"Tires influence braking, steering, comfort, handling and even fuel efficiency," says Bob Abram, consumer tires product planning manager for Yokohama Tire Corporation, manufacturer of a variety of tires for passenger cars, SUVs, buses, trucks and yes, race cars, too. "Whether you drive a sports car, minivan or high-end luxury vehicle, it's important you have the right tires because choosing the wrong ones can result in a disappointment with the handling, ride and treadwear."
When it comes to fast and fun vehicles, Abram said ultra-high-performance (UHP) tires might be the best bet, depending on driving styles and vehicle performance. Finding the best one could be daunting, so he has some quick tips to get you rolling.
1. Take extra time to research.
When conducting online research, make sure the reviews (and reviewers) are using the vehicle the way you do. If you need to drive in snow, but the reviews don't mention winter driving, then that tire might not work best for you. In short, don't look for the top-rated tires in regards to just "performance"; make sure to add in how and where you drive.
2. Look for a mileage warranty.
The best UHP all-season (A/S) tires now have a mileage warranty to give you peace of mind about a balance of performance and tread life. For example, the ADVAN Sport A/S has a 50,000-mile limited treadwear warranty for W- and Y-speed models.
3. Look for balanced performance.
Most drivers will be happier with a tire that handles well in all seasons, but also offers a smooth, comfortable ride and good treadwear. Usually the best UHP all-season tires do many things well, not just one or two. This is where your research will really pay off.
Abram says to check sites like www.tirerack.com, www.discounttire.com and tire company websites like www.yokohamatire.com for more help.
Once you decide on the right UHP tires for your vehicle, Abram says, maintaining them is essential to get their full benefits. "It always starts with checking your tire pressure regularly, which is at least once a month. It only takes 5 minutes and can really help, because a tire that is underinflated by only 8 psi can reduce fuel economy up to 2 percent. This will affect your drive and the vehicle's fuel efficiency, so keeping them properly inflated will give you a better ride and save you some money."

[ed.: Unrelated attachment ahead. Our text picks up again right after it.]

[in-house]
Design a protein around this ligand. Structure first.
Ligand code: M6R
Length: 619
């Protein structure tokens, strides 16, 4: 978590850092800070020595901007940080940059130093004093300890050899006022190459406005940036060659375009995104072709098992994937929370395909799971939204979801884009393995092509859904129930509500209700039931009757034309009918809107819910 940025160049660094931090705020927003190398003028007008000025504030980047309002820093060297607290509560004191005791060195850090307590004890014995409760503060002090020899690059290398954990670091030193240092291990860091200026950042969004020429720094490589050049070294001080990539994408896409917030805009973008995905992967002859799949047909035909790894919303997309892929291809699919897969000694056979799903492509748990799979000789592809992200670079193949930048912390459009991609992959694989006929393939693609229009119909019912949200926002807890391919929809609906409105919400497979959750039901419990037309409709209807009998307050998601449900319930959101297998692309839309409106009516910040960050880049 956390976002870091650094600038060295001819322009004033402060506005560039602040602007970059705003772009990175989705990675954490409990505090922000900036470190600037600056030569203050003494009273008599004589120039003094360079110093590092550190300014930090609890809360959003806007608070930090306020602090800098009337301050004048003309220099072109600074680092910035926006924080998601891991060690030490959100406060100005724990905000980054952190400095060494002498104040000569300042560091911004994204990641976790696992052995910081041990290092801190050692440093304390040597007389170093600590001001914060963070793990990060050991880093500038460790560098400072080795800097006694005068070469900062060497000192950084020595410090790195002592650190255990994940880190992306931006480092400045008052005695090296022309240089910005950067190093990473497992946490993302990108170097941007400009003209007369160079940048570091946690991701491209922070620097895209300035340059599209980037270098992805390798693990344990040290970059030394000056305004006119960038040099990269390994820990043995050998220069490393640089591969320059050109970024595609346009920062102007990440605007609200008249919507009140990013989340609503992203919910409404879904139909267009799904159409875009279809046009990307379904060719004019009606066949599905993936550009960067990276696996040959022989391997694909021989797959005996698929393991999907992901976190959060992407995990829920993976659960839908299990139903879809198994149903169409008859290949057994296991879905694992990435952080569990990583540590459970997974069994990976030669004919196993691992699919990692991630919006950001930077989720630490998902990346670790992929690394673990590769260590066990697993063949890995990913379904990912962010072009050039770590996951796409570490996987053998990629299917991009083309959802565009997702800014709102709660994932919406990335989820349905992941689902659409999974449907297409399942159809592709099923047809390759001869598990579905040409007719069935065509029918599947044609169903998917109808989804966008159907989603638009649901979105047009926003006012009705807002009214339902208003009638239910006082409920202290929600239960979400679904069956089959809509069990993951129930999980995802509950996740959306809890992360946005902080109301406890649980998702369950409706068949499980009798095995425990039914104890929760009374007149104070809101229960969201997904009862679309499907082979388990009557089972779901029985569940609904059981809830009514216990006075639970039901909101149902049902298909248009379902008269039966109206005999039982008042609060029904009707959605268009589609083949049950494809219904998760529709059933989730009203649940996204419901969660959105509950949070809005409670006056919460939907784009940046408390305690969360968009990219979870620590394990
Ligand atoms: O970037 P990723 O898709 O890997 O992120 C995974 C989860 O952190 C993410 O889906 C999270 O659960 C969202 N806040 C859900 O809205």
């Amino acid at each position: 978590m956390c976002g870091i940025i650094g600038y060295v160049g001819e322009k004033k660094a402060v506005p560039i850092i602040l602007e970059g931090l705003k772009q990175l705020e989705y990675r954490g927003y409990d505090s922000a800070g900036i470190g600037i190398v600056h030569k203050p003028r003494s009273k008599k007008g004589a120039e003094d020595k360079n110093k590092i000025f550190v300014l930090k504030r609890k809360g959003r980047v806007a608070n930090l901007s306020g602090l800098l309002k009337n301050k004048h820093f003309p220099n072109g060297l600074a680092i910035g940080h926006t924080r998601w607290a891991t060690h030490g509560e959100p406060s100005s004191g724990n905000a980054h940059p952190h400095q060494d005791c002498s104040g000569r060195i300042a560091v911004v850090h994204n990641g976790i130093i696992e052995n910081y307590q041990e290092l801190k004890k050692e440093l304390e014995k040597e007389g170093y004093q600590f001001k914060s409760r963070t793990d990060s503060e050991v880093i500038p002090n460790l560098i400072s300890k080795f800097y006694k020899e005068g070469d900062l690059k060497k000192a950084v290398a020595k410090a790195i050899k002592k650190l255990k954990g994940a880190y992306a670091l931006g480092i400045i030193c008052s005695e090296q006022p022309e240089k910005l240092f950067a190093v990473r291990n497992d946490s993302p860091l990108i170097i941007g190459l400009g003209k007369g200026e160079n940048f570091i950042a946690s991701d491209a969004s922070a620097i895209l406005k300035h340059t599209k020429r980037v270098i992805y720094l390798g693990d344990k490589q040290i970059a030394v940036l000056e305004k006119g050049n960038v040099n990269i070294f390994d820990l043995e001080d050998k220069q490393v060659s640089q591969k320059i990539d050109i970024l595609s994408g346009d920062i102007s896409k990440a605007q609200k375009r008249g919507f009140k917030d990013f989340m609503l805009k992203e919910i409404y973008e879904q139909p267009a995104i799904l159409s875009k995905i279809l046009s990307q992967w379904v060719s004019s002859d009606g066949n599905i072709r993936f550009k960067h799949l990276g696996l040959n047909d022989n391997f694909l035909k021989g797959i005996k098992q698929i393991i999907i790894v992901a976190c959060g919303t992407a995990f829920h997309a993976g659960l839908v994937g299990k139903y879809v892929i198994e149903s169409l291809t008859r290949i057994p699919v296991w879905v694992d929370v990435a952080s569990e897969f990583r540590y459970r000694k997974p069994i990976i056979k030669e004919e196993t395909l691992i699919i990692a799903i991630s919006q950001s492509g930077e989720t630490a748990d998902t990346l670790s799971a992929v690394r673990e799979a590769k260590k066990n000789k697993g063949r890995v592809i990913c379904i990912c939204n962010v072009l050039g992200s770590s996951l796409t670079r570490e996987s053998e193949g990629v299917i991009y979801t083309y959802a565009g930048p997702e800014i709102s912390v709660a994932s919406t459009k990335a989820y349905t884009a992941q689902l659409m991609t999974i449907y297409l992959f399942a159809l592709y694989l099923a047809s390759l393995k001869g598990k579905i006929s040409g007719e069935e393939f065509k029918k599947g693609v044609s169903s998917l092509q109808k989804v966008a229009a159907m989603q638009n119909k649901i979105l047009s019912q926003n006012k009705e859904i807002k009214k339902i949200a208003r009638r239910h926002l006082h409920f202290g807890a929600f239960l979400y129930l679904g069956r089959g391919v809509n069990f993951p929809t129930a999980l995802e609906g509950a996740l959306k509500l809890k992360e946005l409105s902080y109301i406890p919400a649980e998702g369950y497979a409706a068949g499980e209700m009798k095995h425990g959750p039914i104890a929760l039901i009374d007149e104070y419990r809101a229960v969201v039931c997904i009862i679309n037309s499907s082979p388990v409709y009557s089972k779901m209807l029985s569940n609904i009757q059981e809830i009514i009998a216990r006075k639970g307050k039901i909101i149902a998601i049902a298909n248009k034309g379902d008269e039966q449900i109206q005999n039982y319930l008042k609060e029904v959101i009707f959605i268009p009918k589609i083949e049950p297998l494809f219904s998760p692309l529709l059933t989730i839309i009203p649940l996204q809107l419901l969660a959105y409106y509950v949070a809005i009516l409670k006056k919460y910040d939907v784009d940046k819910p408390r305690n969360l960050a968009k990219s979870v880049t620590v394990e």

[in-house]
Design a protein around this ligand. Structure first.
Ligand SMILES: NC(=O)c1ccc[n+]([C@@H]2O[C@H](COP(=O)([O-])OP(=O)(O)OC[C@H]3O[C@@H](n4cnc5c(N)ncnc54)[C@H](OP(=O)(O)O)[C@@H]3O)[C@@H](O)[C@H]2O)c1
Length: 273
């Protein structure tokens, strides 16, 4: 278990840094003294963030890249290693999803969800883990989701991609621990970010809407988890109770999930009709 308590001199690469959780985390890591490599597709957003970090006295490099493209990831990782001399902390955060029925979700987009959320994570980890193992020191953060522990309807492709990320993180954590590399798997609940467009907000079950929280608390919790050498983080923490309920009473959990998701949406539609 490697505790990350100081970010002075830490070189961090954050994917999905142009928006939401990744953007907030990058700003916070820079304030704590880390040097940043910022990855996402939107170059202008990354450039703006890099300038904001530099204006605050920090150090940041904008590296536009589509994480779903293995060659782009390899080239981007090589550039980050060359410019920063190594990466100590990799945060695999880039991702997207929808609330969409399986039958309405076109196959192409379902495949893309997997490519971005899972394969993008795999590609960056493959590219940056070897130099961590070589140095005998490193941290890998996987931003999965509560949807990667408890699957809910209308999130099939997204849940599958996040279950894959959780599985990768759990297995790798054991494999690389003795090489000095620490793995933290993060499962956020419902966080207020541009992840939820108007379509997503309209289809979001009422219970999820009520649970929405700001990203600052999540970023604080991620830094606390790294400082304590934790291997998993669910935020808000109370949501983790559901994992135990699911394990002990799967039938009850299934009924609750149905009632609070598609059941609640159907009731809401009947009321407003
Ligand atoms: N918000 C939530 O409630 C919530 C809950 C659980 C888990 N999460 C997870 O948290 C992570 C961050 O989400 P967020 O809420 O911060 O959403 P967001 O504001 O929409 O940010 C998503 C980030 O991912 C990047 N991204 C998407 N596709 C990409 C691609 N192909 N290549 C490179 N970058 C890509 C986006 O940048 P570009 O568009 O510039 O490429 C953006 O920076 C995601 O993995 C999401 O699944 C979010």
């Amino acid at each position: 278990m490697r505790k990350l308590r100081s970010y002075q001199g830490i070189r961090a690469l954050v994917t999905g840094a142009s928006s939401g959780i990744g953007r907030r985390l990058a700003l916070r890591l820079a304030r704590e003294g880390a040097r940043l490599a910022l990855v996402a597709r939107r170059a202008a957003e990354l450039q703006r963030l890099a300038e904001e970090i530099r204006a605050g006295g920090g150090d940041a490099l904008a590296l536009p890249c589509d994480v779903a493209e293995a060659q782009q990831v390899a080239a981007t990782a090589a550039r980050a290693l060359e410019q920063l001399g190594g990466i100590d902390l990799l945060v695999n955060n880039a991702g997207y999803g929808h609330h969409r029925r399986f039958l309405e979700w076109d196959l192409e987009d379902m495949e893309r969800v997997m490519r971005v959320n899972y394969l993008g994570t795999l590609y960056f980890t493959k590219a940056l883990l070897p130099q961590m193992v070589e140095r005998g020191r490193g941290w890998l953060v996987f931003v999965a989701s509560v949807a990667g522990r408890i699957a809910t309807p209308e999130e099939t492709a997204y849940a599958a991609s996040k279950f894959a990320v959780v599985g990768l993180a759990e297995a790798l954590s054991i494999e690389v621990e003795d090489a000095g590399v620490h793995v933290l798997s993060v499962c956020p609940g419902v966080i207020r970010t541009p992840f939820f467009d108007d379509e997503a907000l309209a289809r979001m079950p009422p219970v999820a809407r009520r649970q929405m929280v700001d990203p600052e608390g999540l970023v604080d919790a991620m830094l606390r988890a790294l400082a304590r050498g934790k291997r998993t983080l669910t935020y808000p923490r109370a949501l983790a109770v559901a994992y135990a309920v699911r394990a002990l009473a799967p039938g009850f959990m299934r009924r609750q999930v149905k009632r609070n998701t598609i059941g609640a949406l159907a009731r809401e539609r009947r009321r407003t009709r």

The Rubber Manufacturers Association (RMA) recommends checking the tires when they are cold - at least four hours since the vehicle was last driven. Abram says to always use an accurate tire gauge and make sure the valve is free of debris and water.
"The correct tire pressure is specified by the manufacturer of the vehicle, not the tire manufacturer," Abram says. "The proper inflation levels can be found on a placard on the inside of the car door and/or in the owner's manual."
Abram offers more tire tips that will help you throughout the year:
* Check your tread depth by placing a penny upside down into a tread groove. If you can see all of Lincoln's head, your tire's tread has worn down to the legal limit and you need to buy new tires.
* Tires must be replaced when the tread is worn down to 2/32 of an inch (the lowest legal limit). It's best to replace them before they reach 2/32 depending on your drive (geographically and based on the type of streets).
* Rotating your tires regularly promotes even wear of the tread. Tires should be rotated every 5,000 to 8,000 miles.
* Check your alignment at least once a year or sooner, especially if the vehicle is pulling to one side. This will help avoid uneven wear on tire tread. Tire balance should also be monitored.
For more tire care and safety tips, visit www.yokohamatire.com/tires-101 or www.rma.org.